How to turn a great business idea into reality is the theme of a special day-long seminar being promoted by Whanganui and Partners.
The seminars will be held in the War Memorial Centre's concert chamber next Friday morning and afternoon.
Adrian Dixon, manager of Whanganui and Partners, the district council's economic unit, said the sessions would be headed by Adam Hunt, a director of Auckland-based company Liftoff, which specialises in raising equity capital through what's called crowdfunding.
Whanganui and Partners formed a partnership with Liftoff last year.
Crowdfunding is a relatively new activity in New Zealand but it lets companies raise funds by offering shares to the public via a website.
Mr Dixon said the board approached a number of operators in the crowdfunding area and from a handful of responses only Liftoff offered a genuine partnership.
He said crowdfunding would be the focus of the first workshop but others covering different topics would follow.
"We're trying to encourage UCOL students and secondary school students, indeed anyone around the city with a bit of an idea. This is the chance to kick those ideas around and see what could be done in capital raising that will see those ideas come to fruition," he said.
The workshops represented the first step in developing what was being called "the innovation quarter" for Whanganui, he said.
"In its simplest terms, it's about creating an innovation area within the city where innovative ideas happened," Mr Dixon said.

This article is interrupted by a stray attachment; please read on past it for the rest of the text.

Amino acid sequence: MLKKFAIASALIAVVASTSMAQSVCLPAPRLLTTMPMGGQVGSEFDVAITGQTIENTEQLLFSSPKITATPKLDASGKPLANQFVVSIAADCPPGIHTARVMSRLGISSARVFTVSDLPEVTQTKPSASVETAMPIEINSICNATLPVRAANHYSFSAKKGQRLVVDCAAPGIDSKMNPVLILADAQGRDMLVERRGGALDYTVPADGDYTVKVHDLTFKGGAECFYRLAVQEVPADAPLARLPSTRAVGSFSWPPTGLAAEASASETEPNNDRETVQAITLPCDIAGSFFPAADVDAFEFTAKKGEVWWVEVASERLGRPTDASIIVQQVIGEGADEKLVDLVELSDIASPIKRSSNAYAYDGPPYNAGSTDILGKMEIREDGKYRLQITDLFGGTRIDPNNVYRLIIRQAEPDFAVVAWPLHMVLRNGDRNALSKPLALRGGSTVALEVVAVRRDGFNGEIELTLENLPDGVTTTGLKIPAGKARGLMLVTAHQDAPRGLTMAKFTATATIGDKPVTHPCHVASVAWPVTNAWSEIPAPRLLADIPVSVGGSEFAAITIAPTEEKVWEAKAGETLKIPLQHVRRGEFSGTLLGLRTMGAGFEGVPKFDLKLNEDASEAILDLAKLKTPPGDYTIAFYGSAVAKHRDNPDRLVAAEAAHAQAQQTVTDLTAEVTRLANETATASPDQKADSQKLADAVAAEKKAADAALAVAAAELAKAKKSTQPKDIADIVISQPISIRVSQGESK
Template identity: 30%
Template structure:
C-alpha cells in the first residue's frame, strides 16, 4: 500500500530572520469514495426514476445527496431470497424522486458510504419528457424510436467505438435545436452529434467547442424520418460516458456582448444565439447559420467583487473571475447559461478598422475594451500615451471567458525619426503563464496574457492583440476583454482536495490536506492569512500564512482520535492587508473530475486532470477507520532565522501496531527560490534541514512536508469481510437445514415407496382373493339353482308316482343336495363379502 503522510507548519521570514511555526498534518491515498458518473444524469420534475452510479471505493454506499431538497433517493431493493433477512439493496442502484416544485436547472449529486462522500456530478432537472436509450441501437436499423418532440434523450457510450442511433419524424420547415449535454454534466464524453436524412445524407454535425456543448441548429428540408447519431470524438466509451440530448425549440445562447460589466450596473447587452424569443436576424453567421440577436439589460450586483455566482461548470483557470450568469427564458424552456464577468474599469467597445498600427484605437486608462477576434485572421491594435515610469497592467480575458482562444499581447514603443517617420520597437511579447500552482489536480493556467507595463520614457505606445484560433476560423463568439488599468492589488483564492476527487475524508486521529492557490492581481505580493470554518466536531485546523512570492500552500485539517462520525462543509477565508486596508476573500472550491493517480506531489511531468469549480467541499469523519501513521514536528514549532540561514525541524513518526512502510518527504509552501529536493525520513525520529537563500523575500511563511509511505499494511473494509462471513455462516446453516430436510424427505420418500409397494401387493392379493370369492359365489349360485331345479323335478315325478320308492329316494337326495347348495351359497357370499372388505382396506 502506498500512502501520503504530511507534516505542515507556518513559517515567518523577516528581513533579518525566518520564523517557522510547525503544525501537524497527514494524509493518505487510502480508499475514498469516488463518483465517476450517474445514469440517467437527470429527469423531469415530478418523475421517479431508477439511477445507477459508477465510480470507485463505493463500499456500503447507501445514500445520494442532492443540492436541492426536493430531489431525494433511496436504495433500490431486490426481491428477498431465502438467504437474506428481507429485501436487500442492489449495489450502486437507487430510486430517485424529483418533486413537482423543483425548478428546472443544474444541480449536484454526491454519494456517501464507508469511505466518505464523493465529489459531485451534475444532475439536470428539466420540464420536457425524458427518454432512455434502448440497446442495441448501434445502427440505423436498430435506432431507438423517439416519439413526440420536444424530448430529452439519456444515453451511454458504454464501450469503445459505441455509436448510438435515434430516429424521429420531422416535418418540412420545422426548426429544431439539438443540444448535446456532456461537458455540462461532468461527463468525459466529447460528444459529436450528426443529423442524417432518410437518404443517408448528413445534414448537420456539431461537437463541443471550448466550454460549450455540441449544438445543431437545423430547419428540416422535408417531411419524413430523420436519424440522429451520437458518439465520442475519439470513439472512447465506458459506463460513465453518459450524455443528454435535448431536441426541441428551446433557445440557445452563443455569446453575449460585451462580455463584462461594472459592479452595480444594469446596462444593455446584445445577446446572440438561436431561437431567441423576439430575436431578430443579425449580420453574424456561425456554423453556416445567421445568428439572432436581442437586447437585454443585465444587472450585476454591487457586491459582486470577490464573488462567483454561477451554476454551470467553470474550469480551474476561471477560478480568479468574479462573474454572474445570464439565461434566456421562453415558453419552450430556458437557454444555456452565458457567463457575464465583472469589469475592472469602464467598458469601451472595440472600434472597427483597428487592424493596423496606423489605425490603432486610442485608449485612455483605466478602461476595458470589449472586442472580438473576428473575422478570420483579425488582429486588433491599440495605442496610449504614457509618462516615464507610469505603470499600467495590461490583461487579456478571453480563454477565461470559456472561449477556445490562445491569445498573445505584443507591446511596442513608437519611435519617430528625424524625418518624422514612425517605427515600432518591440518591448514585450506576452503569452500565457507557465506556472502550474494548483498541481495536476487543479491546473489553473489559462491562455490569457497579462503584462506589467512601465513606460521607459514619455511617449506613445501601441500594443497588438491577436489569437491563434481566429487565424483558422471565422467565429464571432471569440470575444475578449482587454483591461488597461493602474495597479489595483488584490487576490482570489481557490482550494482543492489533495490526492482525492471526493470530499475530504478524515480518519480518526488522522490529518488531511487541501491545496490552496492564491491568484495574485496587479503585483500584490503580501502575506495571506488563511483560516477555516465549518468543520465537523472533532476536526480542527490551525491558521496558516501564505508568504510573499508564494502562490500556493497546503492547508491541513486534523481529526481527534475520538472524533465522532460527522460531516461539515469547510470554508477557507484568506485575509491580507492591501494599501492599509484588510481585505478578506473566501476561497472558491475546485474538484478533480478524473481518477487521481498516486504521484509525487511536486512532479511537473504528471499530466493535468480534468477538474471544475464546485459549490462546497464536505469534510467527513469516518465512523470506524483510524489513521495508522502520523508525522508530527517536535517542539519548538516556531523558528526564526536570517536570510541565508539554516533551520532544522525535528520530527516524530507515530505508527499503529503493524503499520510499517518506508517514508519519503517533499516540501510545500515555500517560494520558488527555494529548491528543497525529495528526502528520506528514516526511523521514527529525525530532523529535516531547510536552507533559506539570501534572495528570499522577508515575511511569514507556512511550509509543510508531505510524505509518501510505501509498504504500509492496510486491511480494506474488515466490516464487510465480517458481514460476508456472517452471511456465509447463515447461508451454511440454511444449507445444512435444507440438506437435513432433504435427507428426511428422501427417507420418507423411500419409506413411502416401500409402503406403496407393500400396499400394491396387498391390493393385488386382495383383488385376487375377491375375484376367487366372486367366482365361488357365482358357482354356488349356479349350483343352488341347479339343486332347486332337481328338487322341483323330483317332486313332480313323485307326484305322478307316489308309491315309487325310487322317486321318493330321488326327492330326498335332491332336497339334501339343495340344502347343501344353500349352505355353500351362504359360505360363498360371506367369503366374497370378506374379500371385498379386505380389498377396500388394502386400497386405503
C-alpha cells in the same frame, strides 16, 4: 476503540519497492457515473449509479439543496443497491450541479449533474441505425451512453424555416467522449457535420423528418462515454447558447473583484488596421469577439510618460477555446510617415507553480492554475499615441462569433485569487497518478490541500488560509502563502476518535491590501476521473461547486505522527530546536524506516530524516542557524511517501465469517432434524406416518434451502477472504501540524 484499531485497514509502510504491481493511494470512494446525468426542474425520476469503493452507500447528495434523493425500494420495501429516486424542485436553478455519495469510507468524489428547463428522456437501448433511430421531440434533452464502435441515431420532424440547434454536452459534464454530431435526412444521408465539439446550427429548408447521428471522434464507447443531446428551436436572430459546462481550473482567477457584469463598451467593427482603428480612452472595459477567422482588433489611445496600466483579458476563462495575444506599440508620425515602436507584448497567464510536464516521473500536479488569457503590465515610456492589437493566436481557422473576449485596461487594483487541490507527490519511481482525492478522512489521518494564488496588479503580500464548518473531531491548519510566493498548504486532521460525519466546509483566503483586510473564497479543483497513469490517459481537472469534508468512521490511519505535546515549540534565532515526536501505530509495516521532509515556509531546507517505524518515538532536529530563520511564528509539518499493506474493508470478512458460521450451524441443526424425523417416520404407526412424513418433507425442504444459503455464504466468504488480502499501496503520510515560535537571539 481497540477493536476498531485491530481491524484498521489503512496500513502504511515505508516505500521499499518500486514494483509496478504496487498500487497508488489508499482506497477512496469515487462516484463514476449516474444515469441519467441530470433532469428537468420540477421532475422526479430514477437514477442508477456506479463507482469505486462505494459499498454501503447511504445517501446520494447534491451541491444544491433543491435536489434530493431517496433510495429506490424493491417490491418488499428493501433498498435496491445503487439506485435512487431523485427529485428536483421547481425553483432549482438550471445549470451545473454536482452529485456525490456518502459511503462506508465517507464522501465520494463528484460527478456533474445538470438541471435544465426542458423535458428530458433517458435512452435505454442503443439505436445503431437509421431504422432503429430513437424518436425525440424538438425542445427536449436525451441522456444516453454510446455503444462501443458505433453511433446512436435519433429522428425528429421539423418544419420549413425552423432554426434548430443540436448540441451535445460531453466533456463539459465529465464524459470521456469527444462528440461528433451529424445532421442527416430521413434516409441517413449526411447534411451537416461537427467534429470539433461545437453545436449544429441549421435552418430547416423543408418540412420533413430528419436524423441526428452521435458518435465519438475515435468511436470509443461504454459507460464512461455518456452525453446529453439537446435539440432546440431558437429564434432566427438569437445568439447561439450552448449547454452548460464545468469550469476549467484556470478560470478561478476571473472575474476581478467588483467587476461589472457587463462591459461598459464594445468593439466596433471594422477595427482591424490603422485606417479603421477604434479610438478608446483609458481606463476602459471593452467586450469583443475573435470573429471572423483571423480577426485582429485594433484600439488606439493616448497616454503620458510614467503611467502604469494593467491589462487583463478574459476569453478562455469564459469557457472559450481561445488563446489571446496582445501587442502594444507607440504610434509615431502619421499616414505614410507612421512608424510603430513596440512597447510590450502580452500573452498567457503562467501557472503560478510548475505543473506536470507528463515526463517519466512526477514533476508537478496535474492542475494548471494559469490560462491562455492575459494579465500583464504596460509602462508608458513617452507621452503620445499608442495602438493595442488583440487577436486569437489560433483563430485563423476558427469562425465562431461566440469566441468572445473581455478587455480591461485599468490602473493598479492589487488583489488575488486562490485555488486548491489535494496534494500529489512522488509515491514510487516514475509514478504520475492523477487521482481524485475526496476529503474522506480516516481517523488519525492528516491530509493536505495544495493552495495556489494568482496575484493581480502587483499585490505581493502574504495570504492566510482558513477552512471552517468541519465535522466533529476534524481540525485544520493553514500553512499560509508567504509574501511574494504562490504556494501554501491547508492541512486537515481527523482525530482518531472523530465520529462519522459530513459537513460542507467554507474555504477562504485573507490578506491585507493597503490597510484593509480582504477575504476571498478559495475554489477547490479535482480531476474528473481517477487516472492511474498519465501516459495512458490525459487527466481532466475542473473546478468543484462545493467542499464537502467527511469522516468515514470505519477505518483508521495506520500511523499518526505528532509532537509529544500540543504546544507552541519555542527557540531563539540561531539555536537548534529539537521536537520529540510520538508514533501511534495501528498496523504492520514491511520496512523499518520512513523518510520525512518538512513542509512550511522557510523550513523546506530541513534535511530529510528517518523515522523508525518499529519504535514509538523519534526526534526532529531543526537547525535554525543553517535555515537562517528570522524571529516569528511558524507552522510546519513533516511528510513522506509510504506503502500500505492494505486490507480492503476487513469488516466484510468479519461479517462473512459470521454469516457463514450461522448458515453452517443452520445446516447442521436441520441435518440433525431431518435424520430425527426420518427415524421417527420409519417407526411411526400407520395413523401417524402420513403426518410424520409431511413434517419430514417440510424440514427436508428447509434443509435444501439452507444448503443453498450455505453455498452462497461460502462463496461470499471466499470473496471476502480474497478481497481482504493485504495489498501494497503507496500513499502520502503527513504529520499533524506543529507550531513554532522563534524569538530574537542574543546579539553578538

Some community workshops around this concept had been held and information gathered, and in the last few months Mr Dixon and a former colleague had been pulling together a model that they believed could work in a community of Whanganui's size.
Mr Dixon said that when he was working for Trade NZ, he spent time helping central government look at business incubators. They looked at international models and what was required "to help business startups take off".
"The two common factors were a population of about 100,000 and a research-based tertiary institution.
"We've got neither of those in our city so we've been working hard on a different model that might work."
He said one of the keys from the regional growth strategy the Government was pushing was getting access to capital, and the partnership with Liftoff provided that avenue.
"We're really excited there was someone in the marketplace willing to do a partnership with us," he said.
Mr Hunt told the Chronicle last year that crowdfunding put a business idea in front of 100,000 people or more.
"You could get 50 people liking it and you can get your money without going anywhere near a bank. There's always the flipside that no one puts up money but that's what can happen. The success is not whether you get crowdfunding or not. It's whether the business is still operating in a couple of years."